The Nebraska Passport 2019 App has added the Clayton Museum to the list of interesting places to visit in Nebraska.
A few years ago a historical artifacts collector by the name of Foster Stanback made arrangements to build a museum at York College in York, Nebraska. The purpose was so that the general public could enjoy seeing the items in the Stanback collection. John Clayton and Foster Stanback have a long history together, and to honor that relationship Foster named it the Clayton Museum of Ancient History.
The museum is not only informative and educational, but the design of the museum and the quality of the exhibits is exceptional. The museum is devoted to the history of the ancient middle east and the Roman Empire. Since the museum opened, it has added a children’s interactive section. Young people and adults from all over come to the museum to learn and to be strengthened in their faith and knowledge of Old and New Testament history.
More than 10,000 people have visited the museum.The number of visitors will increase in 2019 because the Nebraska State Tourism Commission has selected the Clayton Museum of Ancient History as a Nebraska Passport Site for the Nebraska Passport 2019 app.
Foster Stanback is a collector of artifacts of historical significance. In 2015 he established a museum in York Nebraska to house many of those artifacts. Because of our long association with Foster, he honored our work together by naming it the Clayton Museum of Ancient History.
The Clayton Museum houses an amazing collection of items from the time of Christ and earlier. The museum focuses on ancient Mesopotamia and the Roman Empire. The oldest artifacts are an Egyptian mace head and an ax head, both approximately 5000 years old. You can see a 3500-year-old Egyptian toolkit comparable to what was used at the time the Israelites were slaves in Egypt.
The Roman collection from the first to third centuries is especially impressive since it includes everything from personal grooming items to weapons of war. You can see an authentic Roman gladius (sword), a Roman soldier’s helmet, and pieces of armor. A reconstructed Roman onager (a type of catapult) stands near the center of the museum. The displays help us to understand the conditions and way of life that existed in Biblical times and during the time of Christ.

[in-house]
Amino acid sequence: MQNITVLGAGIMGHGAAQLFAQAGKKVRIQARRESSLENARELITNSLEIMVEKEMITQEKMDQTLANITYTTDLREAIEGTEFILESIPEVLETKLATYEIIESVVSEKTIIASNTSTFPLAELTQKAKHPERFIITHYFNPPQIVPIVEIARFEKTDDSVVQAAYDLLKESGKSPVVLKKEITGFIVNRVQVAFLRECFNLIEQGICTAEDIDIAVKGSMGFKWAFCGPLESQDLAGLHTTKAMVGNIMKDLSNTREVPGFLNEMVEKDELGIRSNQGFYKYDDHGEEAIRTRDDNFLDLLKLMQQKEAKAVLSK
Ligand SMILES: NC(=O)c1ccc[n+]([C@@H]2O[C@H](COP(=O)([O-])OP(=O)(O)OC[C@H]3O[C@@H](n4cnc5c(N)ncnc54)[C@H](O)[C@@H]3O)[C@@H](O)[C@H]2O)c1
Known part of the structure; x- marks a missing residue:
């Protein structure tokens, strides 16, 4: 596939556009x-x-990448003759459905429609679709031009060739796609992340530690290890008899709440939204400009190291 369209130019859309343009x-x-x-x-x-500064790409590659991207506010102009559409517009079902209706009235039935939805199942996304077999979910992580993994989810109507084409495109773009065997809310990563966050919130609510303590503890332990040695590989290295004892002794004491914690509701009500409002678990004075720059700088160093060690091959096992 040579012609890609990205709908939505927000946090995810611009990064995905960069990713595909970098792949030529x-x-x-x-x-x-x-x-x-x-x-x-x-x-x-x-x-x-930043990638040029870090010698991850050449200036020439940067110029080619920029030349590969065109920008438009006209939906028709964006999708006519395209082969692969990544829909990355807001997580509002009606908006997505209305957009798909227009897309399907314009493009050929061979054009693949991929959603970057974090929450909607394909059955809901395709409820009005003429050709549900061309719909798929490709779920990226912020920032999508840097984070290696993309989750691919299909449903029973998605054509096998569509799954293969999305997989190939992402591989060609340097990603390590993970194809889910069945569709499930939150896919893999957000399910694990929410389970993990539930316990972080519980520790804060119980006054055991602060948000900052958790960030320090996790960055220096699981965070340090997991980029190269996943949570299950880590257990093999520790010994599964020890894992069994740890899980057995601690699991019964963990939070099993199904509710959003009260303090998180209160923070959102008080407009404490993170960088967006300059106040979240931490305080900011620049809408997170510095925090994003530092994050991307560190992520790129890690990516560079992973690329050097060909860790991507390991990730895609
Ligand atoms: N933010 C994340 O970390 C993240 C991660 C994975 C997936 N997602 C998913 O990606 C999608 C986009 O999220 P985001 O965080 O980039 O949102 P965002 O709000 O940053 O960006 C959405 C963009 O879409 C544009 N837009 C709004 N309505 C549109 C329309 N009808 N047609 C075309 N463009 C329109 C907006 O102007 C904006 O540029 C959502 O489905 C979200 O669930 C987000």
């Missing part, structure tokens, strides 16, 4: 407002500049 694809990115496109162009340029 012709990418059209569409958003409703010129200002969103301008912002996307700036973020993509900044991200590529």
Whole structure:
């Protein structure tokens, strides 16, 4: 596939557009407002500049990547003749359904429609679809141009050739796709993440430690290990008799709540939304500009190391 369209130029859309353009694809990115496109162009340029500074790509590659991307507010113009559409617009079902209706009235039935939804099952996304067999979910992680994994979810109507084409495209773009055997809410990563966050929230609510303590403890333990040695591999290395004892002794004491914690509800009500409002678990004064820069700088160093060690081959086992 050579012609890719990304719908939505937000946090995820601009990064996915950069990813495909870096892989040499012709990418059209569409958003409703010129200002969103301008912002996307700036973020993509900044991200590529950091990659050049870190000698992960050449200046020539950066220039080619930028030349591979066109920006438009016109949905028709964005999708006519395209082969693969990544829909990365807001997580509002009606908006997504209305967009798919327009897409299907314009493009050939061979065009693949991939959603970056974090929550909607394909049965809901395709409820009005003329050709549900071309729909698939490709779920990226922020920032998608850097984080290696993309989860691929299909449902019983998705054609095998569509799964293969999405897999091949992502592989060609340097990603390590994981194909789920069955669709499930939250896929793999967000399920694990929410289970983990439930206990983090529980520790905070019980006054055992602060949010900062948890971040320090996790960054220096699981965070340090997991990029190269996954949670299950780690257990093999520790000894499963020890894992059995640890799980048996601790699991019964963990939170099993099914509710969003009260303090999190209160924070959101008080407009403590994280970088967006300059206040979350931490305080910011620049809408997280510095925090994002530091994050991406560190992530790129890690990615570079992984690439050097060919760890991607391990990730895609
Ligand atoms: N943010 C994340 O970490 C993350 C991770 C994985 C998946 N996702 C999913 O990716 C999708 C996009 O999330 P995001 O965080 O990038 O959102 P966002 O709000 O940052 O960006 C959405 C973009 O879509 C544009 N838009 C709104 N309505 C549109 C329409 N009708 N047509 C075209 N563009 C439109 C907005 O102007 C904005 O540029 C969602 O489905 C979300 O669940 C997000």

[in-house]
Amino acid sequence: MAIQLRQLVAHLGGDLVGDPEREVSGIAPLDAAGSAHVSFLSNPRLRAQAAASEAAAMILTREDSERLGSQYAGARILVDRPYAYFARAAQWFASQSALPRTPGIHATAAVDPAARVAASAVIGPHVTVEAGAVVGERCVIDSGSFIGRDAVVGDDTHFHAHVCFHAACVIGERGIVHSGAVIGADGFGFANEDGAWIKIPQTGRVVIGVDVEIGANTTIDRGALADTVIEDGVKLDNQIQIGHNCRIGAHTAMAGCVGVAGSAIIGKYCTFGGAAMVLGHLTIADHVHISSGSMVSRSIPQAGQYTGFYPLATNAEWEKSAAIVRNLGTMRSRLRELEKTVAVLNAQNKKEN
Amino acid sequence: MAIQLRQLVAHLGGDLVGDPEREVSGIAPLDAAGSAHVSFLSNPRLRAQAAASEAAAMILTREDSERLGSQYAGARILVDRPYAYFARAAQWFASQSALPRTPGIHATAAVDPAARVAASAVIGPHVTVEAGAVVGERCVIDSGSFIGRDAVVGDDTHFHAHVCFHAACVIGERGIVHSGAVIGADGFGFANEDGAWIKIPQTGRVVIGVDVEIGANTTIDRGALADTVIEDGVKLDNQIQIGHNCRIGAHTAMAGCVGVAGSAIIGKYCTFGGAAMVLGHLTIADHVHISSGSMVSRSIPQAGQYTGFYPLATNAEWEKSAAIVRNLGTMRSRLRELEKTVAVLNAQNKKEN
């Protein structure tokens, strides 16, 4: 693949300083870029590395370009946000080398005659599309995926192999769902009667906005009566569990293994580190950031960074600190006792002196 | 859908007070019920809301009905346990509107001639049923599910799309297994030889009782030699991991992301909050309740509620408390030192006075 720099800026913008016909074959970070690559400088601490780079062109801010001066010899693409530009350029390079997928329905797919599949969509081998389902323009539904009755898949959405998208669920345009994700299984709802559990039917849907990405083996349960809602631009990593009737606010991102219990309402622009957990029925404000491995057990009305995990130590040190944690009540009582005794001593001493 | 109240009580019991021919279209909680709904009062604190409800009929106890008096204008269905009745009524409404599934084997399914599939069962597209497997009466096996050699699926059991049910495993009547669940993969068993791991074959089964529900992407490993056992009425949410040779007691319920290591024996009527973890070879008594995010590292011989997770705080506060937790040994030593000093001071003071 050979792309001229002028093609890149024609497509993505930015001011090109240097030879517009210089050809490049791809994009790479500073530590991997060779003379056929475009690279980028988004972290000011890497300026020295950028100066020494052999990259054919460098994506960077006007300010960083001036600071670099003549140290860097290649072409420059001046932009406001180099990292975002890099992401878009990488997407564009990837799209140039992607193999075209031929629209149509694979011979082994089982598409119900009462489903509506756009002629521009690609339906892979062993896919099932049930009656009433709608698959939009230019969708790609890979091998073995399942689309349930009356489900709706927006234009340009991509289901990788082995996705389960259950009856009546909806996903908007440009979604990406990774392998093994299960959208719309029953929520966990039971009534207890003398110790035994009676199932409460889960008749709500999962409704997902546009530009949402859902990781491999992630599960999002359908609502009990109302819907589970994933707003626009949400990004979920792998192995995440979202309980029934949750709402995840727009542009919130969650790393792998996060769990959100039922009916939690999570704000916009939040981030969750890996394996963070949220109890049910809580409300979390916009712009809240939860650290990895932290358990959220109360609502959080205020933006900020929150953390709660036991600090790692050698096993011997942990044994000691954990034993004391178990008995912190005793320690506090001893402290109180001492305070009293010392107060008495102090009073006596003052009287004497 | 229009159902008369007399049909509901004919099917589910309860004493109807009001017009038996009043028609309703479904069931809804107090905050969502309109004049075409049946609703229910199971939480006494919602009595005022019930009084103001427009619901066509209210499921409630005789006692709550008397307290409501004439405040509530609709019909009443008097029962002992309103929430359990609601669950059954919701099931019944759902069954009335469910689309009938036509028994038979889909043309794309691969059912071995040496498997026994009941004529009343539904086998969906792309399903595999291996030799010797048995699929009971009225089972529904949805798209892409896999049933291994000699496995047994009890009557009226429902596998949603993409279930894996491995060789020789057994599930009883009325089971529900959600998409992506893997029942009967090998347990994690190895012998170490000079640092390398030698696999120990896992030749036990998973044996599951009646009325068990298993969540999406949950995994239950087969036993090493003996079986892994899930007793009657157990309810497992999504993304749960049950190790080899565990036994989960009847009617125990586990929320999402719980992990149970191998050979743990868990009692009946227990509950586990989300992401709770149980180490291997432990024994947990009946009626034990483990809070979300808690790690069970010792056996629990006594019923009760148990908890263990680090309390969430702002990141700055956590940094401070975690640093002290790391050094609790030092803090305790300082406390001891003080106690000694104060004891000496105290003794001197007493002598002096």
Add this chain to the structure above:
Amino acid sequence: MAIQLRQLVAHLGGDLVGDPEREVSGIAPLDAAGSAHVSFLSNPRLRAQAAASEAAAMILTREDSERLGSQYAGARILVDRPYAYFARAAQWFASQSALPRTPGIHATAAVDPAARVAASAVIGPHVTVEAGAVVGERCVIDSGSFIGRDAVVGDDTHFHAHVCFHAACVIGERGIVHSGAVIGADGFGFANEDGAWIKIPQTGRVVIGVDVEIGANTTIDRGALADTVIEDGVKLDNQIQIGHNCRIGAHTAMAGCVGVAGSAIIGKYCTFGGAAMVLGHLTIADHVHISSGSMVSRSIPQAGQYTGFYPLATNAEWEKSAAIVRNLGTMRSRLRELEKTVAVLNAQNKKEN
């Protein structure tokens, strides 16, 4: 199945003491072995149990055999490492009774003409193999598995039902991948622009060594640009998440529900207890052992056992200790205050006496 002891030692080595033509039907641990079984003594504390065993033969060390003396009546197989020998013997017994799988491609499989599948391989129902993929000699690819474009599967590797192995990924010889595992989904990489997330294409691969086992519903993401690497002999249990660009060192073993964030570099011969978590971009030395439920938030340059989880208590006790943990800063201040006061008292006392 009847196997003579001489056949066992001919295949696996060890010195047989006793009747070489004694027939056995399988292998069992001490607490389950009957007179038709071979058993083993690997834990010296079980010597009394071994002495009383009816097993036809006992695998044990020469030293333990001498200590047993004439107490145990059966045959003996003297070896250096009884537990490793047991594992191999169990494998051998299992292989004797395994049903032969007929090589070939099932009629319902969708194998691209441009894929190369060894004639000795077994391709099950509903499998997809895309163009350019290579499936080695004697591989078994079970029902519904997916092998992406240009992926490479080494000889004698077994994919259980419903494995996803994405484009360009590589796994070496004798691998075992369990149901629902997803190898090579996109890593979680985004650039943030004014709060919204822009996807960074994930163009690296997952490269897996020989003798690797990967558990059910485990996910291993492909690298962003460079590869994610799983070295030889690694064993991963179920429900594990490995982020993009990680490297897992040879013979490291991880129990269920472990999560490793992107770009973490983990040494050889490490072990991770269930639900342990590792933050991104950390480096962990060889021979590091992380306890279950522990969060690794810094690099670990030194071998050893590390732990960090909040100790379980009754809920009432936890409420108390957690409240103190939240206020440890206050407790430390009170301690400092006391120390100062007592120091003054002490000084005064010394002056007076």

Many skeptics of the Bible attempt to suggest that the biblical record of the Exodus, Moses, and Israel is fiction. They say that most of the Old Testament contains made-up stories with no historical support. However, with further discoveries, biblical history gains new support.
Michael Zellmann-Rohrer of the University of Oxford has recently translated a large papyrus document discovered in 1934 at the pyramid of Senusret I at Lisht in Lower Egypt. The text is written in Coptic, an Egyptian language that adapts the Greek alphabet. The document contains references to Abraham and Isaac from the Book of Genesis and quotations from a prayer by Seth, a son of Adam and Eve. This papyrus does not come from the time of the Exodus, but it shows strong connections to the biblical record in Egypt that endured to the time of Christ and beyond. (Reference: ArchaeologyJuly/August 2018, page 16.)
In our websites and publications, we have repeatedly given examples of evidence showing that what the Bible says is true. We also have a DVD series on biblical archaeology by Dr. Harvey Porter. We are currently working on new programs on archaeology and history for our “Does God Exist?” video series. They are taught by John Cooper and recorded in the Clayton Museum of Ancient History at York College in York, Nebraska. Those new programs will be available by the fall of 2018.
The Does God Exist? ministry is heavily involved in educational programs. Right now we have 3600 students taking our correspondence courses in apologetics. Most of those students are confined to prisons all over the country. With our financial assistance, twelve of the students have gone on to receive college degrees.
Every year we have offered $1000 scholarships to graduating seniors to help them attend a university program. Students are selected based on their writing a paper on the compatibility of science and faith. Many of those papers have appeared in our printed journal.
We hope to offer another “Canyonlands Field Trip” this fall. This trip is also an educational program because it includes a college-level course in the geology and geomorphology of the Grand Canyon and the surrounding area.
In 2015 the “Clayton Museum of Ancient History” opened at York College in York, Nebraska. It displays artifacts collected by Foster Stanback. Foster selected the name for the museum as a token of appreciation for this ministry. Amber Soderholm has been the museum designer and curator. She has built a program of interactive learning for children in the museum and developed a program with 15 “Junior Docents” which meet each week. The museum also features temporary exhibits, like the current one on Martin Luther. Thanks to Amber’s hard work, 10,000 visitors have come to the museum since it opened. For more about the museum go to www.claytonmuseumofancienthistory.org.